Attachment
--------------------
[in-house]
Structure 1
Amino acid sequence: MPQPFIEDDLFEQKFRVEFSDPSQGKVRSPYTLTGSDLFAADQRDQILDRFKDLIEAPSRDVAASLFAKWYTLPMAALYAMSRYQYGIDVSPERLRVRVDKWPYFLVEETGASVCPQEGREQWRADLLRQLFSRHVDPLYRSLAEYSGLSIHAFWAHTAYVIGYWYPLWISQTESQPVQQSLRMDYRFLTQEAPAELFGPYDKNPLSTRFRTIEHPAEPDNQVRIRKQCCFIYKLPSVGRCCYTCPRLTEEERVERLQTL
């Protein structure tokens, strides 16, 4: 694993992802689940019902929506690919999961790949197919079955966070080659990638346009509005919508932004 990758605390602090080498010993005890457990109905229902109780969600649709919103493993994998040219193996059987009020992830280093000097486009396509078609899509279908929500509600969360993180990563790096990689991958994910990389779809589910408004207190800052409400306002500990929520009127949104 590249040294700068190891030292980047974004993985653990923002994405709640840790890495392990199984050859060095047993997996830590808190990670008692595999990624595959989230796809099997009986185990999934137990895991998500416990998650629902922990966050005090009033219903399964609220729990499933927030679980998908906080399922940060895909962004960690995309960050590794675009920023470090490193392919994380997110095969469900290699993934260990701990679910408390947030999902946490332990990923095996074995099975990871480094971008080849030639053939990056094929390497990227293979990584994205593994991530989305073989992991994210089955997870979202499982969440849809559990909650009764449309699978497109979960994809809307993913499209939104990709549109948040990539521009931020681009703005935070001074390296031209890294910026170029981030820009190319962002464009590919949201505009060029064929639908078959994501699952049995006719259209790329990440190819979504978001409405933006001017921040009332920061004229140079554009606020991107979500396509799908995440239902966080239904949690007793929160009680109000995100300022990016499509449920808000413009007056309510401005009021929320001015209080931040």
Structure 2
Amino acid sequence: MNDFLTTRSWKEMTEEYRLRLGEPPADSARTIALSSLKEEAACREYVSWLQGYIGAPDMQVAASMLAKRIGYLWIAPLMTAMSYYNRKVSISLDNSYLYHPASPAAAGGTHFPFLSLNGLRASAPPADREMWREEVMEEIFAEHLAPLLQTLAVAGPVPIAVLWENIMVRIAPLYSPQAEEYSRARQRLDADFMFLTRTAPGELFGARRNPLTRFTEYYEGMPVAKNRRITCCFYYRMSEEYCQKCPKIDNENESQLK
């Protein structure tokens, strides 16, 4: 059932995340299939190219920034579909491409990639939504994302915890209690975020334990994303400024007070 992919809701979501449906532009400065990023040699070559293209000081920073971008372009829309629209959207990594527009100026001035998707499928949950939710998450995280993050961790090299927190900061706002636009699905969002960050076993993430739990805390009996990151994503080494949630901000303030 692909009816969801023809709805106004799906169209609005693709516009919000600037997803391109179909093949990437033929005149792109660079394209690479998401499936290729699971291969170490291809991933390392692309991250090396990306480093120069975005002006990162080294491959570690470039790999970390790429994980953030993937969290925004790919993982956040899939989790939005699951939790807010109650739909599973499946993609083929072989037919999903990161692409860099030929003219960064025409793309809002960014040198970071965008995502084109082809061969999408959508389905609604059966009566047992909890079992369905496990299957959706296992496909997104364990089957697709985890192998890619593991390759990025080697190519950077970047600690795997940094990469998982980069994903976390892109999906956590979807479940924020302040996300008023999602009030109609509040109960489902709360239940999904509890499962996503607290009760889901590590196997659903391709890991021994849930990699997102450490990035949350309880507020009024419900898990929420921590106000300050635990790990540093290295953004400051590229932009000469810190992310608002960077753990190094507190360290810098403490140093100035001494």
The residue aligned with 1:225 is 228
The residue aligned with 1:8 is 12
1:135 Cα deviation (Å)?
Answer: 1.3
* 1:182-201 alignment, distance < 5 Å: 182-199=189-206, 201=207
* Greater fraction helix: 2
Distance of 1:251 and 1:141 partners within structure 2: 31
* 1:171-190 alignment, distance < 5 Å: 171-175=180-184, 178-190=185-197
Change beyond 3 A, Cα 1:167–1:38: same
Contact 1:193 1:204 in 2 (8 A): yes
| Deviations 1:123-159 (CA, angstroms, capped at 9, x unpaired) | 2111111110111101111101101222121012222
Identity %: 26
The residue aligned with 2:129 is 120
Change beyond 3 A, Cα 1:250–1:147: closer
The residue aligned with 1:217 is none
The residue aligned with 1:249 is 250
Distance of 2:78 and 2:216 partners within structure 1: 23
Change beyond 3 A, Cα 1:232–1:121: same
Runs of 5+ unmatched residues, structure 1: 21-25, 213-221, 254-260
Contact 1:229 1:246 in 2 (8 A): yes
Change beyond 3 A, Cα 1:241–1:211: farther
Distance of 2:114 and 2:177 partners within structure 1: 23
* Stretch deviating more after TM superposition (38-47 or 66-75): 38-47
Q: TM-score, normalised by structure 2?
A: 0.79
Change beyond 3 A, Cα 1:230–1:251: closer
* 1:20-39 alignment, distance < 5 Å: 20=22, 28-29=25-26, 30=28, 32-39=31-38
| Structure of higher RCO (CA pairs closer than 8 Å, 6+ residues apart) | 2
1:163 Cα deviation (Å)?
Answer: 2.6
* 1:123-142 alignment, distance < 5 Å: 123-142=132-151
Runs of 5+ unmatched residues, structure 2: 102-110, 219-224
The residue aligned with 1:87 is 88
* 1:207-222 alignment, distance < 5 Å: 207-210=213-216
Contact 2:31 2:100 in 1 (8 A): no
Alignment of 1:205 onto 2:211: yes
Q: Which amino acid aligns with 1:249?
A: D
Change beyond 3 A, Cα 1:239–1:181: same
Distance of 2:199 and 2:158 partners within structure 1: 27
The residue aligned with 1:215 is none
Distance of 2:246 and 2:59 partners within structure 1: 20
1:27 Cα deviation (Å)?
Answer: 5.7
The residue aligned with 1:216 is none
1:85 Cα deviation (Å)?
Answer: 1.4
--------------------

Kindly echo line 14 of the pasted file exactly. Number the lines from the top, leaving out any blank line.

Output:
Distance of 1:251 and 1:141 partners within structure 2: 31